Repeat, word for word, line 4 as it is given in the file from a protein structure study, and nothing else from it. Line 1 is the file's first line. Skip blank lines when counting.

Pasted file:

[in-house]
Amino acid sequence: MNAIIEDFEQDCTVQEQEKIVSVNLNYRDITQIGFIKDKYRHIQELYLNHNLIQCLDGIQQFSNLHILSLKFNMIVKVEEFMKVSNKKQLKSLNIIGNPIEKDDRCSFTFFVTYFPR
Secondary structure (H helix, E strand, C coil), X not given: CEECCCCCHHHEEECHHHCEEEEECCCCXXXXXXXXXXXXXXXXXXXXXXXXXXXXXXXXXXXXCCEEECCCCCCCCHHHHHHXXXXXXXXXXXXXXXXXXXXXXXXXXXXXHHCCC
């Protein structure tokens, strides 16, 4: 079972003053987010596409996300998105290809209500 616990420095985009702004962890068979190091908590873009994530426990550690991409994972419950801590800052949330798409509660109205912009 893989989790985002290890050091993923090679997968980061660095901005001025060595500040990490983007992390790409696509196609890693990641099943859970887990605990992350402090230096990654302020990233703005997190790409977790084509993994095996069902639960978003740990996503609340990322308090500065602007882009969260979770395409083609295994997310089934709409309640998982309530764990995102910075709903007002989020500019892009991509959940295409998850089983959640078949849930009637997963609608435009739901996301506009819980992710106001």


């Protein structure tokens, strides 16, 4: 079972003053987010596409996300998105290809209500 616990420095985009702004962890068979190091908590873009994530426990550690991409994972419950801590800052949330798409509660109205912009 893989989790985002290890050091993923090679997968980061660095901005001025060595500040990490983007992390790409696509196609890693990641099943859970887990605990992350402090230096990654302020990233703005997190790409977790084509993994095996069902639960978003740990996503609340990322308090500065602007882009969260979770395409083609295994997310089934709409309640998982309530764990995102910075709903007002989020500019892009991509959940295409998850089983959640078949849930009637997963609608435009739901996301506009819980992710106001």